The official guidebook and schedule gives a general outline of the day-to-day events for PNMs, and formal recruitment regulations. Every morning, PNMs are delivered their exact schedule for the day; once they accept, they’re expected to attend every round they are given and, in turn, accept Panhellenic policy.
On the first two open house days, PNMs are led to all 12 Panhellenic chapters by recruitment counselors — sorority women who have chosen to disaffiliate from their sorority for the week. PNMs meet members of sororities, and give the same introduction repetitively over the course of the next 12 hours. Those 25 minute rounds determine whether or not the PNM will receive an invitation to that chapter’s event on Philanthropy day.
As the week continues, the amount of sororities they visit decreases each day — eventually whittling down the list to only two houses.
“I’ve been told that it’s a difficult process, but it’s worth it in the long run,” Petty said.
In conversation, PNMs and sorority members can’t name-drop other sororities, sorority members can’t swear, or they’ll be fined — both of which are requirements of Panhellenic’s policy. The policies are meant to ensure personal perceptions of a chapter don’t influence other PNMs’ decision, as noted in the official guidebook.
One of the most important rules is that all involved must swear off the “Three B’s” for the week — boys, bars and booze.
The Kansan repeatedly reached out to Panhellenic representatives and the associate director of sorority and fraternity life, Amy Long Schell, over the course of two weeks for the story. Representatives declined to comment.
THE FUTURE OF GREEK LIFE
On Saturday, Aug. 18, the young PNMs crowd into the Burge Union; members of different sororities and recruitment counselors surround them.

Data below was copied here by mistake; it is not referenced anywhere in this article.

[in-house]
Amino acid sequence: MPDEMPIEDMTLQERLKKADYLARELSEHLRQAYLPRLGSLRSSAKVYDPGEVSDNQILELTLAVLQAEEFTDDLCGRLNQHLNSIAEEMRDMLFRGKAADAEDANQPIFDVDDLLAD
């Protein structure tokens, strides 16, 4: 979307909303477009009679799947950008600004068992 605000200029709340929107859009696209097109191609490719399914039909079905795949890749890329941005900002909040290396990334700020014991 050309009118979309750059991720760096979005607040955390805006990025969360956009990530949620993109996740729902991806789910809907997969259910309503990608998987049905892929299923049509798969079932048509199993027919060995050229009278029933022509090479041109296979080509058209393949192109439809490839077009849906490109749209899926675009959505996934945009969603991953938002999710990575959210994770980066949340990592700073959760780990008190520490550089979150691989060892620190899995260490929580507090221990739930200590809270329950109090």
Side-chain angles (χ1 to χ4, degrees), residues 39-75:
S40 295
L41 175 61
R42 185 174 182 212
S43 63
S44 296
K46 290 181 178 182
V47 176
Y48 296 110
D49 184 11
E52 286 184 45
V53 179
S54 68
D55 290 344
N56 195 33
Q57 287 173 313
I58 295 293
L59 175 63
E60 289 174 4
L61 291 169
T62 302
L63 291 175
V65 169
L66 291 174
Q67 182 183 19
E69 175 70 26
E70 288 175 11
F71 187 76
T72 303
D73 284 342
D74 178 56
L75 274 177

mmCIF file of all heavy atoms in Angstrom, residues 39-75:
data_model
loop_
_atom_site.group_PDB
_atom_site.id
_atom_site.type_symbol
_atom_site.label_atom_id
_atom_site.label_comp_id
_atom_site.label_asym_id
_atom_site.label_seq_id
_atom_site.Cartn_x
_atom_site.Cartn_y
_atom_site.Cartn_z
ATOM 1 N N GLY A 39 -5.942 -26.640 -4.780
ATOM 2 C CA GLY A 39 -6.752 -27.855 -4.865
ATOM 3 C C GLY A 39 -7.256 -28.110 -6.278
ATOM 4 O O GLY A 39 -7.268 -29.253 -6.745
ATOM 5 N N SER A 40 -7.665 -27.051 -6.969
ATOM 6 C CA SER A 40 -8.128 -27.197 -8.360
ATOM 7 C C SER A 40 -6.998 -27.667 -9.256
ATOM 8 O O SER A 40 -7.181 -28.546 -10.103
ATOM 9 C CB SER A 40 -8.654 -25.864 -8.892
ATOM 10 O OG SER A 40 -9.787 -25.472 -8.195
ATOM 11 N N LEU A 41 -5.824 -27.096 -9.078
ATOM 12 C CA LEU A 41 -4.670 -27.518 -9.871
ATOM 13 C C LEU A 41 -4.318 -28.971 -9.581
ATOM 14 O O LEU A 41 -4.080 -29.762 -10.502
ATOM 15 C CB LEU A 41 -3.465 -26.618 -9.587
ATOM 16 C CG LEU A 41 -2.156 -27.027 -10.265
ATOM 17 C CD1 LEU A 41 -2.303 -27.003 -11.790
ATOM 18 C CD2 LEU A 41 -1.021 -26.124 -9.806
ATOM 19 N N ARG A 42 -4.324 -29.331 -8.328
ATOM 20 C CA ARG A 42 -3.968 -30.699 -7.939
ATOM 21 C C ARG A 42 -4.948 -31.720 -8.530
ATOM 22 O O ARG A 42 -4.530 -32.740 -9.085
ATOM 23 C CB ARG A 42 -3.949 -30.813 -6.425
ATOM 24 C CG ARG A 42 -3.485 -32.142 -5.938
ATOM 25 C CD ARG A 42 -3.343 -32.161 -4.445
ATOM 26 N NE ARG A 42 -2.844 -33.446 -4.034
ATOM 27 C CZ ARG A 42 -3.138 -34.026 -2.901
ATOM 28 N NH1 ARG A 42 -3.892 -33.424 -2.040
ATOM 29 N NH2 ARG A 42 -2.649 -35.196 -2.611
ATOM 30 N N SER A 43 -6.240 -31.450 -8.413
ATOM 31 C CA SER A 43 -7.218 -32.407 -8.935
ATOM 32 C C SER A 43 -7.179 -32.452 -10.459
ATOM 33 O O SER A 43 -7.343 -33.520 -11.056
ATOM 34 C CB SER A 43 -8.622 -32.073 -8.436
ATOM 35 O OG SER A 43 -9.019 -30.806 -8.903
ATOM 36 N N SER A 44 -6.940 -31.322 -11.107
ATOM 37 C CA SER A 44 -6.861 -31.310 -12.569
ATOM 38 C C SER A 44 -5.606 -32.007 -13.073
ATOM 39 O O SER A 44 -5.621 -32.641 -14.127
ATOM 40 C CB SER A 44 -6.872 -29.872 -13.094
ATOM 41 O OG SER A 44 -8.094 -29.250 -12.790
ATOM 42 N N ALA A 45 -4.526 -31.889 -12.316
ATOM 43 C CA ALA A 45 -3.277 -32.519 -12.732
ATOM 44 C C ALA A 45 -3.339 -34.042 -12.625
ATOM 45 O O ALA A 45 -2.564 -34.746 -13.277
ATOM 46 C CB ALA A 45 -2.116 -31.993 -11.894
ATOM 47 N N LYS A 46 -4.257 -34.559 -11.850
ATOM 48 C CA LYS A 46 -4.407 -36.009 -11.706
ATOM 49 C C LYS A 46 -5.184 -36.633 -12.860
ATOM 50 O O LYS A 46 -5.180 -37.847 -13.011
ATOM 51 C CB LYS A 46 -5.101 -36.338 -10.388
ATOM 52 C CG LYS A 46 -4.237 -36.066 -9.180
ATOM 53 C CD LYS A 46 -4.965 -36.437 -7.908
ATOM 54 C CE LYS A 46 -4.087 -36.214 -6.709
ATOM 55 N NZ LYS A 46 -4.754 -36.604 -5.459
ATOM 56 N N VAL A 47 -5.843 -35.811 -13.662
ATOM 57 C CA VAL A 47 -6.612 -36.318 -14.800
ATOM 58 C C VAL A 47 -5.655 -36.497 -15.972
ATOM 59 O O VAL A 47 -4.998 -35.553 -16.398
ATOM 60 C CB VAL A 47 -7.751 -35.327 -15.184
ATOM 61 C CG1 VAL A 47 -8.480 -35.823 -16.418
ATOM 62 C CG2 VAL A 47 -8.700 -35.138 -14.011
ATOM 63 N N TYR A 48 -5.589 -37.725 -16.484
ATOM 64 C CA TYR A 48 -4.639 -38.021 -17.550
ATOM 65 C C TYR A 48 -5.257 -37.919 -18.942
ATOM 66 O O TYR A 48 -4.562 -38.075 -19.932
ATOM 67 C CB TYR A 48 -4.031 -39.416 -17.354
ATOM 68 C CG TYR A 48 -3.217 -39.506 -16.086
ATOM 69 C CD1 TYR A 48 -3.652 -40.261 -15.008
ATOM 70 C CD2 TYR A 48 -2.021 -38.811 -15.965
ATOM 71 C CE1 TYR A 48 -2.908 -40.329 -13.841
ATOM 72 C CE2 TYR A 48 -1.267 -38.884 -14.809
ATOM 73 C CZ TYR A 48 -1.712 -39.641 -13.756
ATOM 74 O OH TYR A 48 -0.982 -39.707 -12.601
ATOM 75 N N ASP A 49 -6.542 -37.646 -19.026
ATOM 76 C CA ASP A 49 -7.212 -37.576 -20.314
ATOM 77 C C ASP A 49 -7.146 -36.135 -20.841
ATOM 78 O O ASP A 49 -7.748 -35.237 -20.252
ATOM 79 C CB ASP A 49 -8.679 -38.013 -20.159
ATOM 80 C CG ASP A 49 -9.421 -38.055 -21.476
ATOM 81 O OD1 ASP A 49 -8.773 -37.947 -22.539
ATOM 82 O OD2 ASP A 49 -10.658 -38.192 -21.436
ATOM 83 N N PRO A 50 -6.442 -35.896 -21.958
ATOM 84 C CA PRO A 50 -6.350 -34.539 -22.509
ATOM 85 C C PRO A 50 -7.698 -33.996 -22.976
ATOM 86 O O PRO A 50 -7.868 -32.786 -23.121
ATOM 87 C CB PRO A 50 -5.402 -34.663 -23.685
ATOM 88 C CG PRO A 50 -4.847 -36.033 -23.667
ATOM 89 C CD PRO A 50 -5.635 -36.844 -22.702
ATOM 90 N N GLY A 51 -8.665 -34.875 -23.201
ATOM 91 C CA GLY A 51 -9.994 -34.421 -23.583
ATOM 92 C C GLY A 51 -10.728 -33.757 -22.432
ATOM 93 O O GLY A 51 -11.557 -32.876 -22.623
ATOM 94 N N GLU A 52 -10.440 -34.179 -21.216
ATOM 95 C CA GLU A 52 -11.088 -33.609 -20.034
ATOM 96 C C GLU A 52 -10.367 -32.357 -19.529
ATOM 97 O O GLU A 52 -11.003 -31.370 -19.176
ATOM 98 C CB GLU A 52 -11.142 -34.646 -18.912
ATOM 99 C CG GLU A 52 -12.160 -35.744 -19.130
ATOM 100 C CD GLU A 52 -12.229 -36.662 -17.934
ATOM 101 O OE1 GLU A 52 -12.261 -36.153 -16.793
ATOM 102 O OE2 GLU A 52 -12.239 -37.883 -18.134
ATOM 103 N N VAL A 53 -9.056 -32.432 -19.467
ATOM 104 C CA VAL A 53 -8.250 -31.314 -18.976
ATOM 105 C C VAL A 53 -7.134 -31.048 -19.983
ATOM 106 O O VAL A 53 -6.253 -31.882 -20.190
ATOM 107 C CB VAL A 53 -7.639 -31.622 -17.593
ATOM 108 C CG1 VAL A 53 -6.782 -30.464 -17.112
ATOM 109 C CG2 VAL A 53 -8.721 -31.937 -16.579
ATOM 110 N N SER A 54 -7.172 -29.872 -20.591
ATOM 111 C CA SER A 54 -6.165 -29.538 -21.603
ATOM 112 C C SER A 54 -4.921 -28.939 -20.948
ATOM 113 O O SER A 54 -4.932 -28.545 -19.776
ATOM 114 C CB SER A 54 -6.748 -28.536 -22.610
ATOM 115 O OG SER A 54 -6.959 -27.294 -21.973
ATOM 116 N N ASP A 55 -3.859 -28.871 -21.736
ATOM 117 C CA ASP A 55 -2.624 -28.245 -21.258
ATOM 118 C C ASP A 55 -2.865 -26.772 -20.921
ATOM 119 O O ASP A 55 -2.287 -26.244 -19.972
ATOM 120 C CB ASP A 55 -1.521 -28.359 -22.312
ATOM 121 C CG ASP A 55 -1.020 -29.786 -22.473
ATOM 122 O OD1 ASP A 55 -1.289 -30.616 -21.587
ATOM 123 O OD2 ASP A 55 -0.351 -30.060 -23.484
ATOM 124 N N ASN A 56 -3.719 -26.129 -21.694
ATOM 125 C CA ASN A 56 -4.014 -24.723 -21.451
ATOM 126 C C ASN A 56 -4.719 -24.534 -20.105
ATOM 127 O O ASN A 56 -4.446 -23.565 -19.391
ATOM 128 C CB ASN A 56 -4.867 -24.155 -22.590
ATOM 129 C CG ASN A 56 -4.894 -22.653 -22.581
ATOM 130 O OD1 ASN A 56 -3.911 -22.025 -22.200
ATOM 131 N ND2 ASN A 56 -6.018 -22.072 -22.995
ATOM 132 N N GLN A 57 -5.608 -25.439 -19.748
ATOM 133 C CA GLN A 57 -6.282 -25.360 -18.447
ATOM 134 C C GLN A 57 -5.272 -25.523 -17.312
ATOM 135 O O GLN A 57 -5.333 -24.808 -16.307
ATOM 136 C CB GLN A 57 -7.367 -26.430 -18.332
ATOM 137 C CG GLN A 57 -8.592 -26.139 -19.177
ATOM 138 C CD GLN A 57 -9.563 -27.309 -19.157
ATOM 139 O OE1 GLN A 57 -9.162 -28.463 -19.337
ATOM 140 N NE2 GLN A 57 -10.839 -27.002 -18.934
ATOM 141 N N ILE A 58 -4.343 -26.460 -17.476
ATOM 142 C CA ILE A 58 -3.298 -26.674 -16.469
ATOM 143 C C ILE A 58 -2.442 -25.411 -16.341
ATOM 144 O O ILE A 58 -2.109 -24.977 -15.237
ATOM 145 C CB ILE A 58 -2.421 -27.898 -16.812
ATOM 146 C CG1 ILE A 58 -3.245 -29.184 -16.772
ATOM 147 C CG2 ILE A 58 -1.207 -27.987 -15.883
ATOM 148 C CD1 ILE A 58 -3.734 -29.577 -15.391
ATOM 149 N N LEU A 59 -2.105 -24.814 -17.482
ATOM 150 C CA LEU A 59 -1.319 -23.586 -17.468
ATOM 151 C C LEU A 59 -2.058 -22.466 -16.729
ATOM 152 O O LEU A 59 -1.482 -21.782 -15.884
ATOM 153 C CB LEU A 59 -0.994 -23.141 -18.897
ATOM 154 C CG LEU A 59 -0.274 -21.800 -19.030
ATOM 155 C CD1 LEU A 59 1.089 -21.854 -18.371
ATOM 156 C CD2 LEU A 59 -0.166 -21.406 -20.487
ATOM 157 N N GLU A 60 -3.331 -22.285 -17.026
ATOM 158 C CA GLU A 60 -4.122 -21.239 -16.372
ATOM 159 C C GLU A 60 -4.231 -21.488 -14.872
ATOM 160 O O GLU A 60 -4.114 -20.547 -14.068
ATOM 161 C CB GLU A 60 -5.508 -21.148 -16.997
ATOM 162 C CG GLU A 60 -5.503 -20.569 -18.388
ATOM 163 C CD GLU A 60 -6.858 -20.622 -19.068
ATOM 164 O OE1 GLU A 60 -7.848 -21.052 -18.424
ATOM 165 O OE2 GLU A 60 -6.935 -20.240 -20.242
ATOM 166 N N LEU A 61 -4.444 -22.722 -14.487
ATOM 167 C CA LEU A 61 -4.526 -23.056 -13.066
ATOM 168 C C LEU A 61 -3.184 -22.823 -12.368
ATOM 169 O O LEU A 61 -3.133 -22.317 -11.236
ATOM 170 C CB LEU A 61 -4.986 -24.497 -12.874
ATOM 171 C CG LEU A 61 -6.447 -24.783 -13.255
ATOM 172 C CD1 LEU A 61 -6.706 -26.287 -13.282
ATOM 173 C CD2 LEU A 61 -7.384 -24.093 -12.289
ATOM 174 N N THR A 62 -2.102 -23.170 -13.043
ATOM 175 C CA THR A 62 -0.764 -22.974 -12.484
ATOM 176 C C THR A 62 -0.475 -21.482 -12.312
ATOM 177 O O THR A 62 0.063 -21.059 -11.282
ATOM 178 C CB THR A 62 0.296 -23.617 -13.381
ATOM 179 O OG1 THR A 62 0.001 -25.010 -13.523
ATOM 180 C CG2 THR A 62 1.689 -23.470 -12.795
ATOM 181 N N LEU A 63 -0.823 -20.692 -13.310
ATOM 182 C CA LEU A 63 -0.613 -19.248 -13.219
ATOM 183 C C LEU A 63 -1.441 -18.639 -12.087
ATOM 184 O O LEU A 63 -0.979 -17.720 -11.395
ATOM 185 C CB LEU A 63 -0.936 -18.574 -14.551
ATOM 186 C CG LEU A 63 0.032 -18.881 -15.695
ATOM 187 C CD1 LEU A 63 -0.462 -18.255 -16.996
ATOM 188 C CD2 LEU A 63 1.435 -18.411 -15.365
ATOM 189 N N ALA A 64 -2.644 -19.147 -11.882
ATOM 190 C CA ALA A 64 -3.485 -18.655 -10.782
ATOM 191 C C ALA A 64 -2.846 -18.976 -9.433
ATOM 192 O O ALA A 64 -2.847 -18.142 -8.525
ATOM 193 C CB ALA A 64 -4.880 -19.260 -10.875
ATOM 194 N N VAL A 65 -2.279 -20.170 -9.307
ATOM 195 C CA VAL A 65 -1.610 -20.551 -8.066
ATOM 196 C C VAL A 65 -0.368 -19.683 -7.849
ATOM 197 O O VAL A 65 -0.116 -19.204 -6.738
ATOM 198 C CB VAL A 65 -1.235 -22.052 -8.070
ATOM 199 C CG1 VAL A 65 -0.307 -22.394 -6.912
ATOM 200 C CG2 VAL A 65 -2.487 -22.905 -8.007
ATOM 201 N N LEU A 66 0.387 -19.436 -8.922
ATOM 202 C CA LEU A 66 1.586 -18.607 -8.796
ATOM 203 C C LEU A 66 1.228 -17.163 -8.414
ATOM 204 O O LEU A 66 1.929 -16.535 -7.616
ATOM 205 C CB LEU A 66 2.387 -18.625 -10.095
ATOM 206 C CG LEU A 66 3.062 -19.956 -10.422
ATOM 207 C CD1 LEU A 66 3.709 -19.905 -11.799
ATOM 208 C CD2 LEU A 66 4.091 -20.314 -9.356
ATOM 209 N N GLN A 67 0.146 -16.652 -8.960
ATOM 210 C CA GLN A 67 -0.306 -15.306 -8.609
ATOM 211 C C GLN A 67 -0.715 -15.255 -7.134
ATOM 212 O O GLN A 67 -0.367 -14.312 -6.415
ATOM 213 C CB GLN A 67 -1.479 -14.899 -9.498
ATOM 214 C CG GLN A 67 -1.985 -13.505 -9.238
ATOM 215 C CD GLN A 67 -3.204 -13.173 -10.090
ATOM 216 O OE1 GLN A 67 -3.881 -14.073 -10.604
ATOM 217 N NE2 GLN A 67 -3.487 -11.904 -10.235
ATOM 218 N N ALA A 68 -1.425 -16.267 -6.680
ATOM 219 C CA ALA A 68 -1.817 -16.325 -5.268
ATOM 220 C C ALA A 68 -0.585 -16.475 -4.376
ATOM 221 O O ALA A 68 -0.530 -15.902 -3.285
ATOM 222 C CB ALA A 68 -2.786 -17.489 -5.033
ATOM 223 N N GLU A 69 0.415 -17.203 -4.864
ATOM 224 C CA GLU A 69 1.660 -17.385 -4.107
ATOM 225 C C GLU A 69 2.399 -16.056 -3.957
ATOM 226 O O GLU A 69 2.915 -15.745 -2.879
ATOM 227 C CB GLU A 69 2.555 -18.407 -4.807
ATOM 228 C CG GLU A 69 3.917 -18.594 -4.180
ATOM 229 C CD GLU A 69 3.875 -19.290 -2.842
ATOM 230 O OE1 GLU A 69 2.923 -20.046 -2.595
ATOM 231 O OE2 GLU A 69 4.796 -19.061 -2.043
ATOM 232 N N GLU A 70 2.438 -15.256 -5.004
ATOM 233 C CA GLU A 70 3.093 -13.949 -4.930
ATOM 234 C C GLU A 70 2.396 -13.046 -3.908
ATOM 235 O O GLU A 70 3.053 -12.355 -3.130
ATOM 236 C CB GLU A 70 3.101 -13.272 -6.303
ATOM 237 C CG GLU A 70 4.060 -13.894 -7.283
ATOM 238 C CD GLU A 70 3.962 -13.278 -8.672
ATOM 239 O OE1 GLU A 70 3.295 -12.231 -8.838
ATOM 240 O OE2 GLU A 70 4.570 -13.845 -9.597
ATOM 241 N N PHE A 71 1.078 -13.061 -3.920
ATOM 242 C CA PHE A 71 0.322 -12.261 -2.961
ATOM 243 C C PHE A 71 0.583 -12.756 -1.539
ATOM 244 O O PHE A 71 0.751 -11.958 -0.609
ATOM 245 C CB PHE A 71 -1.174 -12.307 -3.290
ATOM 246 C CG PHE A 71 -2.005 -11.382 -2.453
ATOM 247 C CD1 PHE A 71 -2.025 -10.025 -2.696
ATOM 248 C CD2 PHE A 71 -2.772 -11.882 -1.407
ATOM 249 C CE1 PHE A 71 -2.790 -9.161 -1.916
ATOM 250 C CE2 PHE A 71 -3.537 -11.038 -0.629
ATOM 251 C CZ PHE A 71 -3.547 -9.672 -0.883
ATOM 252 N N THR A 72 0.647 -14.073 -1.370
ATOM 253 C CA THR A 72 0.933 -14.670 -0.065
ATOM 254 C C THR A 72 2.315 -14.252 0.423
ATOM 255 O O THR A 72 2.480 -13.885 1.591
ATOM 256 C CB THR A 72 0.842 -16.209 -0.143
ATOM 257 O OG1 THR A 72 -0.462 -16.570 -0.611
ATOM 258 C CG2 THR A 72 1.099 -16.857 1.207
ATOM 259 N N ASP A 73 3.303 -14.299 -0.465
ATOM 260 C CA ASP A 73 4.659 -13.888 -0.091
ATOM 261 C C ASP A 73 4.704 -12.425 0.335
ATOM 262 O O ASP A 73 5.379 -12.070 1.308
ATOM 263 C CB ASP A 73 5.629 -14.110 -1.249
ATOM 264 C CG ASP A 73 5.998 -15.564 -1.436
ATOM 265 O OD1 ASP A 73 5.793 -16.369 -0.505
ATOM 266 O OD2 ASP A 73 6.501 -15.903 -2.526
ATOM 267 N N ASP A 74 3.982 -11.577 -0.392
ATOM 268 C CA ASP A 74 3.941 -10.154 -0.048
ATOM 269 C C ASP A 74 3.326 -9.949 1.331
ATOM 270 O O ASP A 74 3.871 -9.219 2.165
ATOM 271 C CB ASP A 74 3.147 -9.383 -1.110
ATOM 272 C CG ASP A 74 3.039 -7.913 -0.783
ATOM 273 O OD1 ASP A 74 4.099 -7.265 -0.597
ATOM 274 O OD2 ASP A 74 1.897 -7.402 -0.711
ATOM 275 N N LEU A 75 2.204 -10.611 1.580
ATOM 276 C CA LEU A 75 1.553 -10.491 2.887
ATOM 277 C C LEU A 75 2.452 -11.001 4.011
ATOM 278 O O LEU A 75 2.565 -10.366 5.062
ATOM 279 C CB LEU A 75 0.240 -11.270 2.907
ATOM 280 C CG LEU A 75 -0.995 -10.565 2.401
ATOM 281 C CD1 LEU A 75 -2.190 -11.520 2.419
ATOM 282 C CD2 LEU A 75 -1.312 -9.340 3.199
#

Years of hosting Bid Day on the Allen Fieldhouse lawn have been traded for a cermony at the Burge Union’s Forum on Aug. 18. “Fergalicious” by Fergie is booming from the loudspeakers, as the PNMs pile into a circle in the middle of the room.
It’s nearing 4 p.m. when the countdown commences for PNMs to open their bids. In the next five seconds, the envelopes are opened and the newly-minted “biddies” run out to the parking lot, pouring into party buses and cars belonging to members of their new house — houses they have the potential to be affiliated with for the rest of their life.
Petty’s envelope revealed her bid to Sigma Kappa, and she was amongst the women who sprinted out to the parking lot that day.
“I was honestly ecstatic,” Petty said.
After the weeklong process of recruitment, she said the process was a long and stressful one, and she still encountered some of the stereotypes she was weary of, although not within her own sorority.
“It was a culture shock to me to see some of the chapters and houses, and see how different some of these women were from what originally I anticipated,” Petty said. “At Sigma Kappa, none of them fell into the stereotypes of what I had expected. They were all such genuine people.”
Despite recent controversies, Girod remains optimistic about the future of Greek life at the University. Barcomb-Peterson referred the Kansan to a statement Girod issued in the March regarding the future of Greek life at the University.
“The greek community makes important and valued contributions to our university,” Girod said. “Many students have a great experience in fraternity life, do the right things and engage in meaningful philanthropy, service and leadership. The University stands ready to support and partner with student leaders to improve and enhance Greek life at KU.”
At midnight on Saturday, the ban on the three B’s will be over. Sunday night, they’ll head out to join members of fraternities at parties on and off campus — an evening colloquially referred to as Shark Night.
For now, they’re going back to the houses to get to know the members of their new sorority.